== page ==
In situ hybridization with Pdlp, and inspection of elastase-GFP transgenic frogs, showed enlarged exocrine tissue. Insulin staining visualized scattered endocrine cells in a similar pattern as in the control but in a much expanded tissue. As seen in the right-bottom two images, hhex–overexpressing embryos often formed annular pancreata.
Targeted gene disruption in Xenopus using TALENs
The frog Xenopus has been a valuable model system in developmental biology for a long time. I cannot fail to mention that I write this paragraph the day after John Gurdon was awarded the Nobel Prize for work in Xenopus. However, in this model as in the zebrafish, the lack of techniques for targeted gene disruption has been a major limitation to progress. Recent developments are about to change this situation. Transcription activator-like effectors (TALEs), discovered in plant pathogenic bacteria, are DNA–binding proteins with a simple code that has been deciphered, allowing the generation of DNA–binding modules for any target sequence. TALE-nuclease hybrid proteins (TALENs) are able to cut the chromosome within the nucleus at the targeted site, leading to repair that often introduces deletions or insertions, disrupting the gene. In a collaborative effort, we applied and adapted the TALEN technology to Xenopus, and showed that it functions at high efficiency in this system (5). We hope that this work will encourage other laboratories working with Xenopus to apply this highly promising method.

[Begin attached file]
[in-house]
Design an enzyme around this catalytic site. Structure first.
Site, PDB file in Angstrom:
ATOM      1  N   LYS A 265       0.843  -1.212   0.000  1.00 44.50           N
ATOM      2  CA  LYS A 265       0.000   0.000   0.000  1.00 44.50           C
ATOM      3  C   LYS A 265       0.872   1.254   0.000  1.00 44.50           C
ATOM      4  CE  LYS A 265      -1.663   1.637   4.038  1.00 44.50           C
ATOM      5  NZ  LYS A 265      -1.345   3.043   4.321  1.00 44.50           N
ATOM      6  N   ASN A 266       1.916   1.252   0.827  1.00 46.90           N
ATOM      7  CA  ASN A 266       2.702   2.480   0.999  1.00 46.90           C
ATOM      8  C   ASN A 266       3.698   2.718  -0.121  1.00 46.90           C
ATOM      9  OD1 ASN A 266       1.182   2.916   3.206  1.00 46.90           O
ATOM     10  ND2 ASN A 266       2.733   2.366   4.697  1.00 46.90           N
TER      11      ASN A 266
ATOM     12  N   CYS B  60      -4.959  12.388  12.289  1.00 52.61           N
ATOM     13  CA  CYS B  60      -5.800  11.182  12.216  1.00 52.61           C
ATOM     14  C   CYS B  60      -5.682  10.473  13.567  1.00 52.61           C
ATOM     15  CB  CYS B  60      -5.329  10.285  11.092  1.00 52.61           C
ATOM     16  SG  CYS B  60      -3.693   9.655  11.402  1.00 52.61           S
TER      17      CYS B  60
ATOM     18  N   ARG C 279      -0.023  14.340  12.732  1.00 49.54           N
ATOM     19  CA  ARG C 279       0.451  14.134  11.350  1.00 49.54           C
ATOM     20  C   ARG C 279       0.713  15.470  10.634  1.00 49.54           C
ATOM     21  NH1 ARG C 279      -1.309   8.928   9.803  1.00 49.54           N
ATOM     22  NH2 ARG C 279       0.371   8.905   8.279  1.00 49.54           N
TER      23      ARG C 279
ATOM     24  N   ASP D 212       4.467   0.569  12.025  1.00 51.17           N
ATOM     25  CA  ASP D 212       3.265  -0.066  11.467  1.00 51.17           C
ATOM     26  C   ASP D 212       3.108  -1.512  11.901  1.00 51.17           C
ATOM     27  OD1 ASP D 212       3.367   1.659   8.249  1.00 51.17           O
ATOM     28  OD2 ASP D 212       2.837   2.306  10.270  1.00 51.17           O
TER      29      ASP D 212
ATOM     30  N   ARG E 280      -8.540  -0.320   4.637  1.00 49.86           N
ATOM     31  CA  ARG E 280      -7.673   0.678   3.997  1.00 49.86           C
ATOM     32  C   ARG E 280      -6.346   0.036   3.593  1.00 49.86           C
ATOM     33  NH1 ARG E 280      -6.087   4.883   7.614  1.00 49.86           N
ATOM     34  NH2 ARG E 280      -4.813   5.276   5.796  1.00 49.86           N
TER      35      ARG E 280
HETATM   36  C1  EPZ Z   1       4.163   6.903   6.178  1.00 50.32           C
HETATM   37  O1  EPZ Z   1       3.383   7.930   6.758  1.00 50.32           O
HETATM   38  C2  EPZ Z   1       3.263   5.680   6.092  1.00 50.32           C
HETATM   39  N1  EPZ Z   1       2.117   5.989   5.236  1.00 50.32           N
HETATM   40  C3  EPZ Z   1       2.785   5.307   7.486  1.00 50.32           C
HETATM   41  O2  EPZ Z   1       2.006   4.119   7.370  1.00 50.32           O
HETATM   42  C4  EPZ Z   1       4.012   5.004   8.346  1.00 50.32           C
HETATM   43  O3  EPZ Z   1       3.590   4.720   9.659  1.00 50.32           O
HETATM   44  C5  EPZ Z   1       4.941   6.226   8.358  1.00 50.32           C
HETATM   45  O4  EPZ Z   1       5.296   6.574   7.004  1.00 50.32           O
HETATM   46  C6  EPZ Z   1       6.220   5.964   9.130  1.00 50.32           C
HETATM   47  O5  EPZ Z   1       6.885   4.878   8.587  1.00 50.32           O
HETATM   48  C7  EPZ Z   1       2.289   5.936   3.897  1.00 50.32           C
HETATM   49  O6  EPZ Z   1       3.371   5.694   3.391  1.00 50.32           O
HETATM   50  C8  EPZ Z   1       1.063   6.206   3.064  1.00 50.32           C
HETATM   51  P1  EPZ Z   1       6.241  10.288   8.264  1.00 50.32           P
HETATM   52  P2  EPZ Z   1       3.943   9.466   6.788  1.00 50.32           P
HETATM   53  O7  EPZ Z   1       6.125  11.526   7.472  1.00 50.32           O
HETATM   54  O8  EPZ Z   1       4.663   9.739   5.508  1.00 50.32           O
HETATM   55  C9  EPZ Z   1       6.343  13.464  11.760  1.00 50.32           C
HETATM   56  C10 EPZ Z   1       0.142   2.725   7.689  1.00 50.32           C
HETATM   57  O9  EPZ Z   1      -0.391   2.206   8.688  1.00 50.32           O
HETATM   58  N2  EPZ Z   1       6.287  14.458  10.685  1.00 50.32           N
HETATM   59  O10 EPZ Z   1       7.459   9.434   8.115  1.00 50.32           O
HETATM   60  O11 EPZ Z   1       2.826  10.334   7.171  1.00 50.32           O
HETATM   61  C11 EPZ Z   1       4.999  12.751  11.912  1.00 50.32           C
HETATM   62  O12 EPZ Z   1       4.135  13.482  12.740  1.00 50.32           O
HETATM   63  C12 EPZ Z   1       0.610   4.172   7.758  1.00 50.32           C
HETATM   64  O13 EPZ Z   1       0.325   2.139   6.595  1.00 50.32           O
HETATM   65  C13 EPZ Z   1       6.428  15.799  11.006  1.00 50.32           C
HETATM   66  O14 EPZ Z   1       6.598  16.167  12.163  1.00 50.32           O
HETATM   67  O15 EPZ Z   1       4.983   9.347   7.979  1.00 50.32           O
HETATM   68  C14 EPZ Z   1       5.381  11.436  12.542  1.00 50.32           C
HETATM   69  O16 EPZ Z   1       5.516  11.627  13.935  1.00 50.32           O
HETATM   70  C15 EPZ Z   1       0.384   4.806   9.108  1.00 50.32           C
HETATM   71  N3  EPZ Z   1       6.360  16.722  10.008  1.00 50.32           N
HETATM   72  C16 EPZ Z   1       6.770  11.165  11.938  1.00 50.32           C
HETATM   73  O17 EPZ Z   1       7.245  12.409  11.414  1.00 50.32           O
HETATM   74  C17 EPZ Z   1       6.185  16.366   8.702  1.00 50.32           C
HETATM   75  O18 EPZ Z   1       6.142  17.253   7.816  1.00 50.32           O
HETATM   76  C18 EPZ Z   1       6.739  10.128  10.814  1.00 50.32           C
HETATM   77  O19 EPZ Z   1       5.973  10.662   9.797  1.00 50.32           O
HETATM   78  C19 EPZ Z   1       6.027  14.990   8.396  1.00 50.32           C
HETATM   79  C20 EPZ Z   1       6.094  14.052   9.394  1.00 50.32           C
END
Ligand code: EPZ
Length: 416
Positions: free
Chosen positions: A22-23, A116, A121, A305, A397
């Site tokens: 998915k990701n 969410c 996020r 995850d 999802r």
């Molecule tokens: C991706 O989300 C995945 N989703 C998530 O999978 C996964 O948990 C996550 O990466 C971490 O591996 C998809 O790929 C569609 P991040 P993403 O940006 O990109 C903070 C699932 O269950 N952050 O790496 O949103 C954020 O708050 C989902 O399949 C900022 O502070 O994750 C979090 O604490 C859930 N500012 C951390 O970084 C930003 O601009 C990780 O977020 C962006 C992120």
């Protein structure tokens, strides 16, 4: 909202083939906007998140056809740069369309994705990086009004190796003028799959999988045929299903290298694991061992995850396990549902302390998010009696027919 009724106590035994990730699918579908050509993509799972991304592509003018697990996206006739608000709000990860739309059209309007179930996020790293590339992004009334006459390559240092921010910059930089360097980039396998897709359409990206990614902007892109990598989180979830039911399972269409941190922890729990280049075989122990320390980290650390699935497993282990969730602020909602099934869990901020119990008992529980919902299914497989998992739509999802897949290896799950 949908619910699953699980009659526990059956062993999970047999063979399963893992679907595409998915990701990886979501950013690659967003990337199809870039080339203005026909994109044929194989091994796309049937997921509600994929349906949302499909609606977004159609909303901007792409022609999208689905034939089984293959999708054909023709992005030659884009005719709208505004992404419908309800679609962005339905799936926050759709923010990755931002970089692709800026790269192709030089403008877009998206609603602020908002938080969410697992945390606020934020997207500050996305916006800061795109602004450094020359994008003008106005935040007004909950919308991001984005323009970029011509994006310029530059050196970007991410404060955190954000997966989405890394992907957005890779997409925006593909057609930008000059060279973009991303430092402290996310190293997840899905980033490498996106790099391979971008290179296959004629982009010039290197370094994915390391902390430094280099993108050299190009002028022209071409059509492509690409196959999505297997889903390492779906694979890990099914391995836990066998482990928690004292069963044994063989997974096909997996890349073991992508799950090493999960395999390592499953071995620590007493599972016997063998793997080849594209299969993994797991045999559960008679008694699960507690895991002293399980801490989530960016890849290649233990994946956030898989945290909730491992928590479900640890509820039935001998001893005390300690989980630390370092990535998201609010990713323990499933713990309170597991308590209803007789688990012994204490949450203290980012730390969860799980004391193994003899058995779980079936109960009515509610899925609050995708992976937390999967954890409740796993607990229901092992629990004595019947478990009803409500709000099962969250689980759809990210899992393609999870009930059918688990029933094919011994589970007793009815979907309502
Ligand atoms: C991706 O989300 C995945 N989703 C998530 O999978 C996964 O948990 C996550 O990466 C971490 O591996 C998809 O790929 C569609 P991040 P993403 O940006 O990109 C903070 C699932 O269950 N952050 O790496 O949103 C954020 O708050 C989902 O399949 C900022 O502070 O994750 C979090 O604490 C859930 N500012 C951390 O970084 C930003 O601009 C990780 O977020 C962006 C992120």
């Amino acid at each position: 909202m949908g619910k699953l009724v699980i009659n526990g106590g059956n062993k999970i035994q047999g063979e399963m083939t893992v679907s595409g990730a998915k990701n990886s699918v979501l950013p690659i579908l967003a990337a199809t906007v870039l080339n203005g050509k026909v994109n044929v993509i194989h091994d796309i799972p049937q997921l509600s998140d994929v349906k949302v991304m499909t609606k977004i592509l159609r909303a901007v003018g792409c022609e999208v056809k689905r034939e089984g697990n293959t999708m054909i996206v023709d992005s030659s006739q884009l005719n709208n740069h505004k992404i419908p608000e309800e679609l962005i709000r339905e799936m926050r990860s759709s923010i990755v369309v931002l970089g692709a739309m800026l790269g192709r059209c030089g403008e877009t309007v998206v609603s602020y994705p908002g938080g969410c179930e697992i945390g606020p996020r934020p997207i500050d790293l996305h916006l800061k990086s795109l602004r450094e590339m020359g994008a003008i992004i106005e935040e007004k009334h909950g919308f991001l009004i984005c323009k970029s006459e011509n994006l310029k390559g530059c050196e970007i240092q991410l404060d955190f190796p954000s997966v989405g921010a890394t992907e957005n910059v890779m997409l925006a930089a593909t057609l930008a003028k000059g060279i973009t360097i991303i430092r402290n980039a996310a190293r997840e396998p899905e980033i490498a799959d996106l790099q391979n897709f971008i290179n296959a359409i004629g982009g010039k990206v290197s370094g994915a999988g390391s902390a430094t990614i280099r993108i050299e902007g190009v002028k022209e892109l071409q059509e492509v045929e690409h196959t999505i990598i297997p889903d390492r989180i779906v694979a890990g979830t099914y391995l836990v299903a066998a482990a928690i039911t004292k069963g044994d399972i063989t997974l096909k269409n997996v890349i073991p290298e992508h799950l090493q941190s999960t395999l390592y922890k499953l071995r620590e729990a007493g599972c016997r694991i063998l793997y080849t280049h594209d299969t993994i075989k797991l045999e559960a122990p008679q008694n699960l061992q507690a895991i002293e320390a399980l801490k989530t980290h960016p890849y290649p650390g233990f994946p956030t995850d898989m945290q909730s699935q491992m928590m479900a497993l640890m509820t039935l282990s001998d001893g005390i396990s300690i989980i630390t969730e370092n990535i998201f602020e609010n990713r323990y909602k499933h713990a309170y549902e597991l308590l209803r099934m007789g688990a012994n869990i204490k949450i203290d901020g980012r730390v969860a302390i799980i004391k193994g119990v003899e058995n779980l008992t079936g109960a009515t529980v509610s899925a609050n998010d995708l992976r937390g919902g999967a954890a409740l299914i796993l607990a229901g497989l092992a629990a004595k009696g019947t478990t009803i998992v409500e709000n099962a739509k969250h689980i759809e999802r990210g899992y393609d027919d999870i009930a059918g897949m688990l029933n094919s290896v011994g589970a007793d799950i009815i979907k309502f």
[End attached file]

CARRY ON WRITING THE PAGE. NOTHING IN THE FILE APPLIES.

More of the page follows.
- Ro H, Dawid IB. Modulation of Tcf3 repressor complex composition regulates cdx4 expression in zebrafish. EMBO J 2011;30:2894-2907.
- Hong SK, Dawid IB. The transcriptional mediator component med12 is required for hindbrain boundary formation. PLoS One 2011;6:e19076.
- Takesono A, Moger J, Faroq S, Cartwright E, Dawid IB, Wilson SW, Kudoh T. Slc3a2 controls yolk syncytial layer (YSL) formation by regulating microtubule networks in the zebrafish embryo. Proc Natl Acad Sci USA 2012;109:3371-3376.
- Zhao H, Han D, Dawid IB, Pieler T, Chen Y. Homeoprotein hhex-induced conversion of intestinal to ventral pancreatic precursors results in the formation of giant pancreata in Xenopus embryos. Proc Natl Acad Sci USA 2012;109:8594-8599.
- LeiY, Guo X, Liu Y, Cao Y, Deng Y, Chen X, Ki H, Cheng C, Dawid IB, Chen Y, Zhao H. Efficient targeted gene disruption in Xenopus embryos using engineered transcription activator-like effector nucleases (TALENs). Proc Natl Acad Sci USA 2012;109:E-pub alead of print.
- Tetsuhiro Kudoh, PhD, Exeter University, Exeter, UK
- Hui Zhao, PhD, The Chinese University, Hong Kong, China